Psychiatry and Clinical Psychopharmacology
Original Article

Evaluation of depression comorbidity in obstructive sleep apnea syndrome


Clinic of Psychiatry, Necip Fazıl City Hospital, Kahramanmaraş, Turkey


Department of Psychiatry, Fırat University, School of Medicine, Elazig, Turkey

Psychiatry and Clinical Psychopharmacology 2019; 29: 730-736
DOI: 10.1080/24750573.2019.1609642
Read: 848 Downloads: 504 Published: 08 February 2021

BACKGROUND: Diagnosis and treatment of the comorbid depression in patients with obstructive sleep apnea syndrome could be effective on the reduction of morbidity and mortality.

OBJECTIVES: The present study aimed to investigate the depression comorbidity in OSAS patients grouped by Apnea-Hypopnea Index (AHI). However, the previous studies on the presence of depression in OSAS reported inconsistent findings. It was considered that the differences between the findings could be due to methodological differences and it was planned to investigate the presence of depression with two methodologies in the same patient group and to compare the findings.

METHODS: The study group included 101 individuals who were admitted to the neurology outpatient clinic with the complaints of snoring, diaphoresis history, daytime somnolence, fatigue, and headache and were hospitalized overnight to conduct polysomnography and diagnosed with obstructive sleep apnea syndrome (OSAS). Cases were grouped based on Apnea-Hypopnea Index (AHI) scores. Sociodemographic and Clinical Data Form Hamilton Rating Scale for Depression (HAM-D), Beck Depression Inventory (BDI), Pittsburg Sleep Quality Index (PSQI) and Epworth Somnolence Scale (ESS) were applied to all cases.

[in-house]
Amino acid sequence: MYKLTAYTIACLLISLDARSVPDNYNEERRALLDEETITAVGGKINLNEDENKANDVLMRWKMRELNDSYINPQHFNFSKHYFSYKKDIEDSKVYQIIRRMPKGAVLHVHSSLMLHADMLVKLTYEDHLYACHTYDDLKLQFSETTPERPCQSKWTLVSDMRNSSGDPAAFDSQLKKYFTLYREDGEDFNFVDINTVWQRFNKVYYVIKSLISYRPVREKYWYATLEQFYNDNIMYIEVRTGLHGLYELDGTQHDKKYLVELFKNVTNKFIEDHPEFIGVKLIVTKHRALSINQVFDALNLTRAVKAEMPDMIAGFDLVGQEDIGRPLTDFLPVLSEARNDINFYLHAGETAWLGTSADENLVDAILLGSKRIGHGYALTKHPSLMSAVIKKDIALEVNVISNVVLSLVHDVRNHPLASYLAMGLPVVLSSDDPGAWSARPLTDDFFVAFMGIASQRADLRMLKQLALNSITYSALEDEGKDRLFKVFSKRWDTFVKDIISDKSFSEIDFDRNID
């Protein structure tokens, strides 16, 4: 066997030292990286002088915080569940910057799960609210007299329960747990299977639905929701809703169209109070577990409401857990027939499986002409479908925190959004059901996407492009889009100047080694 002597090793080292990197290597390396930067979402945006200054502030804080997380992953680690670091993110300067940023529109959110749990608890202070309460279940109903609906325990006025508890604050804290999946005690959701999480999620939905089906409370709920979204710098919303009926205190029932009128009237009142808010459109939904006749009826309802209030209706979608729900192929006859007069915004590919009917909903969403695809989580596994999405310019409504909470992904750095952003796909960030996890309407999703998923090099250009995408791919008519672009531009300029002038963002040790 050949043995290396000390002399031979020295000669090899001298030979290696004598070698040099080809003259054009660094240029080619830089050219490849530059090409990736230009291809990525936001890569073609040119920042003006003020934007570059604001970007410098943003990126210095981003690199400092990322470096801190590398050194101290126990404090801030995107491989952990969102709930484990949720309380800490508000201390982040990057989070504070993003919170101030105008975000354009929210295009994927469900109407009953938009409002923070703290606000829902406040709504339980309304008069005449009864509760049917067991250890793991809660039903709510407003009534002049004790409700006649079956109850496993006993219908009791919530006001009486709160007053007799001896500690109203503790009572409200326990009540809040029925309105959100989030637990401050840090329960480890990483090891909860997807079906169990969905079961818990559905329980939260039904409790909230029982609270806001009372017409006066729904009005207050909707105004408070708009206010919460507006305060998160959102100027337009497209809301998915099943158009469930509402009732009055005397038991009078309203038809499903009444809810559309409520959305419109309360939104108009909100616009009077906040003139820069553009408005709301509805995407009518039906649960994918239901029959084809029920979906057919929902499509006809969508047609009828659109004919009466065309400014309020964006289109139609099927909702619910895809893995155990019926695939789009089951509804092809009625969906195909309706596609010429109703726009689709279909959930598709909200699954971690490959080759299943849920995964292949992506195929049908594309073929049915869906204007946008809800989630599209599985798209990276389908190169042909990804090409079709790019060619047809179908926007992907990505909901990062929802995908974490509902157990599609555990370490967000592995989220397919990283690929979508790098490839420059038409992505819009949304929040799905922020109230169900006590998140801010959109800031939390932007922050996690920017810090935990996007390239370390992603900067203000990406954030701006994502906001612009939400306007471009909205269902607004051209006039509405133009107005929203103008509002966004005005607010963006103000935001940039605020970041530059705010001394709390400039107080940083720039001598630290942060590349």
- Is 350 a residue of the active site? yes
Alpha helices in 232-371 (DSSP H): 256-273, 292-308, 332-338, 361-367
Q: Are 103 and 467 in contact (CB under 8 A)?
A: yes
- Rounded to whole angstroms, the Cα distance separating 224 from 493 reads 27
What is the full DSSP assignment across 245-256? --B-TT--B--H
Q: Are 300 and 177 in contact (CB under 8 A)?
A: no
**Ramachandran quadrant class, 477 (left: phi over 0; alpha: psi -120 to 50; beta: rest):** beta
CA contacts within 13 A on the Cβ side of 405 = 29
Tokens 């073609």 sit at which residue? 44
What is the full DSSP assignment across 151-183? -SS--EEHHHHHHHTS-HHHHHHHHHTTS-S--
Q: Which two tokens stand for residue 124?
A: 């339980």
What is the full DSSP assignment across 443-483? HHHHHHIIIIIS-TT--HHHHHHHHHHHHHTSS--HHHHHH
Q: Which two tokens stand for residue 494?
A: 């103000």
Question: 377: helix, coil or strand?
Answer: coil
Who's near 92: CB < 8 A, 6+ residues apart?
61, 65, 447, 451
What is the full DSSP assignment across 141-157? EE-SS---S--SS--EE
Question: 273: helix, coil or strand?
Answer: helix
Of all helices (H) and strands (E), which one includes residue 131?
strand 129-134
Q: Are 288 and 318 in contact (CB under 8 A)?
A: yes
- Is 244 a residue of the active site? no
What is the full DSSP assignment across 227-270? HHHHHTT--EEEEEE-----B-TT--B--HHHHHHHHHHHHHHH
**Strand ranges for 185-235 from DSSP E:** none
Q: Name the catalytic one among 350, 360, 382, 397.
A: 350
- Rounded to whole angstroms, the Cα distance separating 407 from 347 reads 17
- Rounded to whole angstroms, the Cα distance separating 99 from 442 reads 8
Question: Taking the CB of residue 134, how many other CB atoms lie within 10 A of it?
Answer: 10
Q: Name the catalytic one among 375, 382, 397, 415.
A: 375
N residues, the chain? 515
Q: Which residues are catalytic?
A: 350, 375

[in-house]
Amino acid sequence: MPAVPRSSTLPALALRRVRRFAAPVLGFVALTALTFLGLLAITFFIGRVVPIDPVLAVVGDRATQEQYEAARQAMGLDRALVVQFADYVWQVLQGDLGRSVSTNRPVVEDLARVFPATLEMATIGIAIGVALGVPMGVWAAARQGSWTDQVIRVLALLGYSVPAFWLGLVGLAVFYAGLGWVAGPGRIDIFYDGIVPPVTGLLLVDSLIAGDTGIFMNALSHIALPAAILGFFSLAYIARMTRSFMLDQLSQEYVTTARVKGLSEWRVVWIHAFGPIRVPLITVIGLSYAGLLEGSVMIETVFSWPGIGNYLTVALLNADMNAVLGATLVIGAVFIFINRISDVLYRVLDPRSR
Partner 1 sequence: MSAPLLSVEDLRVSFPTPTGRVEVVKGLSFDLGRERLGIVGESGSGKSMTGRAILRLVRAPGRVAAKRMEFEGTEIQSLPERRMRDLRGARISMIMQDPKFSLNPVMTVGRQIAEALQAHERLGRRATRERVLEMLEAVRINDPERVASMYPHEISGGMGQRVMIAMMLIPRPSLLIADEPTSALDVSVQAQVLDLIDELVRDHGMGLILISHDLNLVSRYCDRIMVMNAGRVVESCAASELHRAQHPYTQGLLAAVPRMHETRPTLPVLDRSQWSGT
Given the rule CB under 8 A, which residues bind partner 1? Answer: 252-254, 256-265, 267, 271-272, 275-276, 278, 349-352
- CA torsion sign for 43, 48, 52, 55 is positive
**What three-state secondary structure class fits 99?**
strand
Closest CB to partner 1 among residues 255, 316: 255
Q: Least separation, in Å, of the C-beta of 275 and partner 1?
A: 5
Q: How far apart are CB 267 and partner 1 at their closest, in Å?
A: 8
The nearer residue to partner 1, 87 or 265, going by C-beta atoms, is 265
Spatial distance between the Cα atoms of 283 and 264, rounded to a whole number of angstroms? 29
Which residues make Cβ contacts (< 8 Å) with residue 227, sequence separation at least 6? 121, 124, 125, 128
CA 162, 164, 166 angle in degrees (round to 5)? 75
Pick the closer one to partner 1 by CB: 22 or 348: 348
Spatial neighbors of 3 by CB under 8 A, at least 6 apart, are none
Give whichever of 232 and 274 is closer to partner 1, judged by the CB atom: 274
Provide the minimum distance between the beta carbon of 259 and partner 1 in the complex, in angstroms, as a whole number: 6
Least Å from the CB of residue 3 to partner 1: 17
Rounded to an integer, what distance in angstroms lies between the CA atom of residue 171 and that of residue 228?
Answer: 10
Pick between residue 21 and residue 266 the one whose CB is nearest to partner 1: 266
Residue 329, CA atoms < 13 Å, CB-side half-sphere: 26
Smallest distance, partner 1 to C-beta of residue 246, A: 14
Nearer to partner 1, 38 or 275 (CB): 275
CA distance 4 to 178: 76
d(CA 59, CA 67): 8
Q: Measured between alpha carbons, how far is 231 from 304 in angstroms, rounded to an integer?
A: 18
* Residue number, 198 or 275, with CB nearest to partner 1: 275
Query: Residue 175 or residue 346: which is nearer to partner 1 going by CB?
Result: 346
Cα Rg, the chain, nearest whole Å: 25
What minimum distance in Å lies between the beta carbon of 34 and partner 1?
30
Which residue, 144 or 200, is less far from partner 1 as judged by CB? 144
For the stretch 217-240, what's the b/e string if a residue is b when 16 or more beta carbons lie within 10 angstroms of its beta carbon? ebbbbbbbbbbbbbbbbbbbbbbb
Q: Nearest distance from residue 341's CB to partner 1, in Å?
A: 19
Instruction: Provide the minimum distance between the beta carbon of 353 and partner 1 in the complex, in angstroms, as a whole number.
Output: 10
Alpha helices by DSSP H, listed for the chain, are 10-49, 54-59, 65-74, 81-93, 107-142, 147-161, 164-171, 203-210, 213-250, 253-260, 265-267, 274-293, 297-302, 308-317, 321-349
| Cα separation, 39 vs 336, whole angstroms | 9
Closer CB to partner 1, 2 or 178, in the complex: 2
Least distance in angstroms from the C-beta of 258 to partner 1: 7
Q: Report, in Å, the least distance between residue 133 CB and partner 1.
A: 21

RESULTS: Patients with lower than 5 AHI score were considered as the simple snoring group (n = 20), those with an AHI score of 5–14.99 (n = 27) were considered as the patients with moderate OSAS and those with an AHI score of equal to or greater than 30 (n = 34) were considered as severe OSAS patients. The cases included in the study had a wide age range (between 22–61 years) and were mostly male (65.4% male; 34.65% female). Rates of the major depressive disorder according to HAM-D and BDI were 60.4% and 36.6%; respectively. The depression rates were higher in the moderate OSAS group according to the both evaluation methods (HAM-D and BDI), although this was not significant via BDI. Analysis of the ESS scores demonstrated that experienced severe daytime somnolence was seen in 52.5%, and analysis of the PSQI demonstrated that poor sleep quality was seen in 87.1% of the patients. According to the linear regression analysis only PSQI total score (p = 0.029) was found to be significant in determining BDI while ESS (p = 0.44) and PSQI total scores (p = 0.003) were found to be significant in determining HAM-D when ESS, AHI and PSQI were evaluated together.

CONCLUSION: In patients with obstructive sleep apnea syndrome, comorbid depression should be identified in order to achieve better results in treatment. However, the scales used to determine depression in OSAS patients could result in different findings due to methodological differences or the distribution of the tested symptoms. Considering this fact in the diagnosis of comorbid depression in OSAS is important to achieve an accurate diagnosis and commence an effective treatment.

EISSN 2475-0581